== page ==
Kent abandons £100m PPP deal

20 Sep 01
Public sector trade union Unison has hailed the collapse of a £100m deal between Kent County Council and Hyder Business Services as a watershed in public-private partnerships that could ultimately reverberate across all local authorities.

21 September 2001

The two parties announced the breakdown of negotiations – which had been going on for ten months – last week, but refused to elaborate on the reasons. It is understood to be the first major failure of a PPP in local government at such a late stage, with both sides confirmed to have spent substantial resources preparing the deal.

Sources close to the negotiations said the Conservative-led council was unhappy with the value for money offered by HBS for the ten-year partnership to take over information technology, finance and personnel. There was also a dispute over the price Kent was paying for the deal in comparison to the level of risk HBS was prepared to take on.

HBS group chief executive John Jasper said in a statement: 'We couldn't reach an agreement which reflected the right balance of risk and reward. It is very disappointing for both of us.'

In a further twist, the county now seems prepared to go it alone and scale down its partnership plans, keeping staff and services in-house.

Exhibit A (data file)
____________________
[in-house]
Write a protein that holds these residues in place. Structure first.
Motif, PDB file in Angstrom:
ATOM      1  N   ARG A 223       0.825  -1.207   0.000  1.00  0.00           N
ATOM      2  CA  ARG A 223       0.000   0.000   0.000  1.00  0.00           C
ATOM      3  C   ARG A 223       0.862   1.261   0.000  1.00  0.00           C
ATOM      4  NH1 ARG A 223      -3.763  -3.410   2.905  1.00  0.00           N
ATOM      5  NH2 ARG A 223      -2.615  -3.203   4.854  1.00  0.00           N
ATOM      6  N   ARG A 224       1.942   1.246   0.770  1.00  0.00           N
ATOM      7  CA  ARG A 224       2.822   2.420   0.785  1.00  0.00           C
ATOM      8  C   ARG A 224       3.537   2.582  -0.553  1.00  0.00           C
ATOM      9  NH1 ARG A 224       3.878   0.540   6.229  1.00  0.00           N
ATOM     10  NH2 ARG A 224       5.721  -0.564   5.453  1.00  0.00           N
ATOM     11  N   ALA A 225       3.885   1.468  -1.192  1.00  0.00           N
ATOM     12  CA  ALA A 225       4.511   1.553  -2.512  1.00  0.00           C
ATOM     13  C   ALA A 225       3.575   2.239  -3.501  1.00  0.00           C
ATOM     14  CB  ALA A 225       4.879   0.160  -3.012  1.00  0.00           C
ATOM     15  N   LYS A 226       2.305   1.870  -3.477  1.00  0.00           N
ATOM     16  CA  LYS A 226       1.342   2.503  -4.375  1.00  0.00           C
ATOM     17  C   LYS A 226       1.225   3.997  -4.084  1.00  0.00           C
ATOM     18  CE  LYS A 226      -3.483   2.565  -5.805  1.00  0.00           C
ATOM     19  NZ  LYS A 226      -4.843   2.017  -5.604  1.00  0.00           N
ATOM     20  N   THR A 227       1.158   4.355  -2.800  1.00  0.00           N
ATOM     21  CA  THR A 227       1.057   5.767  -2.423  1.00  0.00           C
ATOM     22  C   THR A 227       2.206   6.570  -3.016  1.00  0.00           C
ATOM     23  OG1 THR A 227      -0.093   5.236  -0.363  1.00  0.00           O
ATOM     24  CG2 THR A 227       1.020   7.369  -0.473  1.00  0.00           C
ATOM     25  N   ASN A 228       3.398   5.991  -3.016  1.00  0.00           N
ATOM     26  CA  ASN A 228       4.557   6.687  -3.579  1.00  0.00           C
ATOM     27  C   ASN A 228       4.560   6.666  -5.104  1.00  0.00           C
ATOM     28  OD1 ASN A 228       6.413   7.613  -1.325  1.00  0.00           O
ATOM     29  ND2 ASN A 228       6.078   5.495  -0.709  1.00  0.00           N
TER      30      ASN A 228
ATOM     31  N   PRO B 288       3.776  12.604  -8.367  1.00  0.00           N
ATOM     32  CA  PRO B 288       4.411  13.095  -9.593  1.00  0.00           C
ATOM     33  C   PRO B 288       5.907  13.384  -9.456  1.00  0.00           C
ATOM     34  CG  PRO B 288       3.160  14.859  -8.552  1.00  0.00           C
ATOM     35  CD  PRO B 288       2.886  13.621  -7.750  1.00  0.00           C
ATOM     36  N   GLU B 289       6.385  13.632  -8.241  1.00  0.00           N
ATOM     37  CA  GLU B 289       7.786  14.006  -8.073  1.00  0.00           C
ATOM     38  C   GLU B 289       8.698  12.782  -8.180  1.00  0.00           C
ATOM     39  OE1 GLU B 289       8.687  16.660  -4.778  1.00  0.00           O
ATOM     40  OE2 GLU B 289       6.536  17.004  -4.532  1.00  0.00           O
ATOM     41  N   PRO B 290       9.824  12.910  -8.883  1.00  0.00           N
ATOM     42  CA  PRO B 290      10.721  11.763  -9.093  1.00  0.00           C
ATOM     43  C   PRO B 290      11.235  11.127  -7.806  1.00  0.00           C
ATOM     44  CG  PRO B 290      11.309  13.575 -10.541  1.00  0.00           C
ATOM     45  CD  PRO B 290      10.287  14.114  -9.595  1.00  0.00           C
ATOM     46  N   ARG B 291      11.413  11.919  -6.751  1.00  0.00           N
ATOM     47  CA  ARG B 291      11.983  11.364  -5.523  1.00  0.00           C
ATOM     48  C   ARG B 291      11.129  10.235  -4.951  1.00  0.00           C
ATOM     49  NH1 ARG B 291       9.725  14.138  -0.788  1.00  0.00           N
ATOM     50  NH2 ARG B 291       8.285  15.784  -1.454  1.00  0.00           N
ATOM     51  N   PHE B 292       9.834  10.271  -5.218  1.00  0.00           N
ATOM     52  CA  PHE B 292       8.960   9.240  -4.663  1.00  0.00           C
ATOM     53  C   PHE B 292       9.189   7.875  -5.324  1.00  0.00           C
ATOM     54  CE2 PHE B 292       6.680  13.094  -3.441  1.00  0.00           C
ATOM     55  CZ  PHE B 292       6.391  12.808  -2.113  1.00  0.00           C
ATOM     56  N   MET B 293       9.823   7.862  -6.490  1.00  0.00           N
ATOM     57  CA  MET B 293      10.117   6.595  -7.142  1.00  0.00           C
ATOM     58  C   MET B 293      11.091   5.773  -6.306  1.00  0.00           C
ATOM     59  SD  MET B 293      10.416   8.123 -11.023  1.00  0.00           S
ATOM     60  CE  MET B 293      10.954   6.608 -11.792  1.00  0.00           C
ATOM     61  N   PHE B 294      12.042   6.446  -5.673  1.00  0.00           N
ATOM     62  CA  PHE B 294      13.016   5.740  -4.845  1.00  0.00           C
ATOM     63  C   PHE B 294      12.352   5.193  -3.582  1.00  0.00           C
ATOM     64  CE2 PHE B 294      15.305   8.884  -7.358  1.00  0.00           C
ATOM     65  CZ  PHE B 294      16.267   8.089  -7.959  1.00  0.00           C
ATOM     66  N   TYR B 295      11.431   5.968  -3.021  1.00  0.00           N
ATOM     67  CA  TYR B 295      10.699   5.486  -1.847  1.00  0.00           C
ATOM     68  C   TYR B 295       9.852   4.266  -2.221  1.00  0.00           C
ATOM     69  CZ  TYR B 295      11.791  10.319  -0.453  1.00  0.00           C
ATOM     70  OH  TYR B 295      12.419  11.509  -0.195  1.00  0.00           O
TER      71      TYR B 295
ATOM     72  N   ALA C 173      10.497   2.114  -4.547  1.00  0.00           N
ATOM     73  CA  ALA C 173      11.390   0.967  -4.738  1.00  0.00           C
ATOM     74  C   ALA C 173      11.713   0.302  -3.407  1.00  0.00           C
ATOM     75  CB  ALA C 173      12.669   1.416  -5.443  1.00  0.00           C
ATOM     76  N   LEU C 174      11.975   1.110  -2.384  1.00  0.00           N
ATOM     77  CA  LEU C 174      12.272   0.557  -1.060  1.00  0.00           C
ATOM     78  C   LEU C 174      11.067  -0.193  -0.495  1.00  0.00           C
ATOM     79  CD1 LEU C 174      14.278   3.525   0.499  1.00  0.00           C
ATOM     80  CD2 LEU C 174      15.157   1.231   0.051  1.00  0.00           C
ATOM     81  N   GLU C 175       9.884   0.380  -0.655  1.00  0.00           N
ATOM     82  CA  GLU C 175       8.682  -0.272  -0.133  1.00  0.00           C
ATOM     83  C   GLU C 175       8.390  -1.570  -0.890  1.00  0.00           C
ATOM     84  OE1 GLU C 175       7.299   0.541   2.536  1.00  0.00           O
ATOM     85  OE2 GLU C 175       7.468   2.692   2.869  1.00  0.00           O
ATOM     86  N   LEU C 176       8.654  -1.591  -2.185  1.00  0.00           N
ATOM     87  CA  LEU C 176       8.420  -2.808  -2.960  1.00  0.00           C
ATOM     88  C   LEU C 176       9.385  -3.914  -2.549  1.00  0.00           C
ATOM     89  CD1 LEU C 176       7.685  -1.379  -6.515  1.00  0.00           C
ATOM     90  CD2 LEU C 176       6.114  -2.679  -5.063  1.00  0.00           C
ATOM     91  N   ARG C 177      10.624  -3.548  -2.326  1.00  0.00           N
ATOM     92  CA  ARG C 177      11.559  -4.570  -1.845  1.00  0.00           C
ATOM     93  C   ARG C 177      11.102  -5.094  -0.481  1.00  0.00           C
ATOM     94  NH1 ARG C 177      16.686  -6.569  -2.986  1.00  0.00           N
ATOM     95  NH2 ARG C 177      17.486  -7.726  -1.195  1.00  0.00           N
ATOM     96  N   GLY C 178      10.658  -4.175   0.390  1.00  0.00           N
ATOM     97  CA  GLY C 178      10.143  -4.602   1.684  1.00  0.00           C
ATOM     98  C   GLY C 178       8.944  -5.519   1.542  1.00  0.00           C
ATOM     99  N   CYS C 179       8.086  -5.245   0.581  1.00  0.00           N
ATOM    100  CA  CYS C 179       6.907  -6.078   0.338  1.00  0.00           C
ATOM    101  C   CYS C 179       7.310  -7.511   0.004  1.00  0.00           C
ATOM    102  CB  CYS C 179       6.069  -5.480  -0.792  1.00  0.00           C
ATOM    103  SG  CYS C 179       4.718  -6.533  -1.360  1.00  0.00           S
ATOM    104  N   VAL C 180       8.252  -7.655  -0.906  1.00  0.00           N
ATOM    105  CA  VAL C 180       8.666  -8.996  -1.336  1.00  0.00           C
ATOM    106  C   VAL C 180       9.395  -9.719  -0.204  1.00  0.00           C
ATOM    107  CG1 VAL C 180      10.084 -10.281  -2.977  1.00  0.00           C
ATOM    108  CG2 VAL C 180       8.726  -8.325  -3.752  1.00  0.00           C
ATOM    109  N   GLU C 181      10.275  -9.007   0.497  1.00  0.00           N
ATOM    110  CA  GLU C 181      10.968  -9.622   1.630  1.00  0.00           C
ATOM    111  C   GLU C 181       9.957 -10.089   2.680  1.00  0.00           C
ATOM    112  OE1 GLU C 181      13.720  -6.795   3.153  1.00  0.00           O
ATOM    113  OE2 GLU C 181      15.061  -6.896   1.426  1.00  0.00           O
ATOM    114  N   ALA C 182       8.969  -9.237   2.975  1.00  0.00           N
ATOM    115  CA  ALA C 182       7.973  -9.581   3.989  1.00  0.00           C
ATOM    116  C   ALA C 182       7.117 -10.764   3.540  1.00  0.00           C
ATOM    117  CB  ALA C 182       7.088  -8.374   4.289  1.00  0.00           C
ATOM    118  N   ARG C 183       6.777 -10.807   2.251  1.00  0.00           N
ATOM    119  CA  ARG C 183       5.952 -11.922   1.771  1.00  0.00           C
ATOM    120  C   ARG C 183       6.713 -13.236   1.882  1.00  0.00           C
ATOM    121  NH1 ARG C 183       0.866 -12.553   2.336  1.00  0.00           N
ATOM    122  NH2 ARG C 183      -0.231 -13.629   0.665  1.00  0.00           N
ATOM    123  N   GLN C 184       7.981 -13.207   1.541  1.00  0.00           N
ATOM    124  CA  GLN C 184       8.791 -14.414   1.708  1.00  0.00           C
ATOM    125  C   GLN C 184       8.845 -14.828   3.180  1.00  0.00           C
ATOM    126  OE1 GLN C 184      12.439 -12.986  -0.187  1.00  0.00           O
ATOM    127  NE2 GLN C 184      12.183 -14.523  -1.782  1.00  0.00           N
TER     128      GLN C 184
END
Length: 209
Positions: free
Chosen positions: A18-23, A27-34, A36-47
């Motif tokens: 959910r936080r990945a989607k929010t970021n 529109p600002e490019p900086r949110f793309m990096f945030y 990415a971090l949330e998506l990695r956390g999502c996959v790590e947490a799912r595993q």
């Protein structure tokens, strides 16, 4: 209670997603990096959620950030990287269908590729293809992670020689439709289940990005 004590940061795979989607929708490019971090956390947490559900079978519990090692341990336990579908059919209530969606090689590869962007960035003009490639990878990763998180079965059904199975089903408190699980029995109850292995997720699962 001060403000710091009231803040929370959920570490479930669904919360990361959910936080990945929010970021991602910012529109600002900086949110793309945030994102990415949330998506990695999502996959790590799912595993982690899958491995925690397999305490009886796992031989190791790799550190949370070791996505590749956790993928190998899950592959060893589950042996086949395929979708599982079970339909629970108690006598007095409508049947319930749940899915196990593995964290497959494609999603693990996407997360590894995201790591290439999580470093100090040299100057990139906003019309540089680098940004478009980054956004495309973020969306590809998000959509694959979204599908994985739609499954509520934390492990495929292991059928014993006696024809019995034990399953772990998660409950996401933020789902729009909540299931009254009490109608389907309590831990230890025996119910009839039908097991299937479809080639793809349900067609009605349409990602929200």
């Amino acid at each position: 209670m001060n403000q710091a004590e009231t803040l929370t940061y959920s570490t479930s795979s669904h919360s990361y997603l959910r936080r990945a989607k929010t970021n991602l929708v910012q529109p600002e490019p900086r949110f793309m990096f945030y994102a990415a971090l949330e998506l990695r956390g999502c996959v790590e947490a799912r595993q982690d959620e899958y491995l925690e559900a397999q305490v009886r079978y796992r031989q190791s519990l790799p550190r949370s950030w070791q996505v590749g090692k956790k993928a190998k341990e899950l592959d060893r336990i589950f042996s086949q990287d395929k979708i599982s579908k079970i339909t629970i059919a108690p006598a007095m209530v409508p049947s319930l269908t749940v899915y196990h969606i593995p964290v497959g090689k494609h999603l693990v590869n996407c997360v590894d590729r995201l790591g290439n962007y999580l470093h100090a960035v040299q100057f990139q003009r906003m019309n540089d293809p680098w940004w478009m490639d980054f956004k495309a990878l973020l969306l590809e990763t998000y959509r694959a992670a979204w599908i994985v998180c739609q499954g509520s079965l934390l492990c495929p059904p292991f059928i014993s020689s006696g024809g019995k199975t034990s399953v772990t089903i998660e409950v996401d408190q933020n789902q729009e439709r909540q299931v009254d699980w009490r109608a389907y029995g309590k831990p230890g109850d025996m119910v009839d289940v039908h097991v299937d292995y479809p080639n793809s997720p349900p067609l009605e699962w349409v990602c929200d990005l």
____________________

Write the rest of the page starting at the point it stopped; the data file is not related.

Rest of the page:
'The work undertaken enabled us to review our own in-house capacity,' said Sandy Bruce-Lockhart, leader of the council. 'We have concluded that our own staff have the expertise, potential and commitment to develop and take forward these support services in a mix of public and private sector provision. I am confident that this will be in the best interest of the council taxpayer and the services we provide.'

Unison, which had opposed the partnership, hailed the news as a watershed in public-private partnerships which could set a trend elsewhere. 'We think that it's significant that a Conservative grand privatiser such as Kent took a prudent approach and decided the private sector didn't provide value for money, while Labour authorities seem happy to jump into bed with the first deal,' said Malcolm Wing, Unison's head of local government.

He added that the collapse of the deal raised questions over the viability and value for money of some of the major strategic partnerships recently signed around the country.


Did you enjoy this article?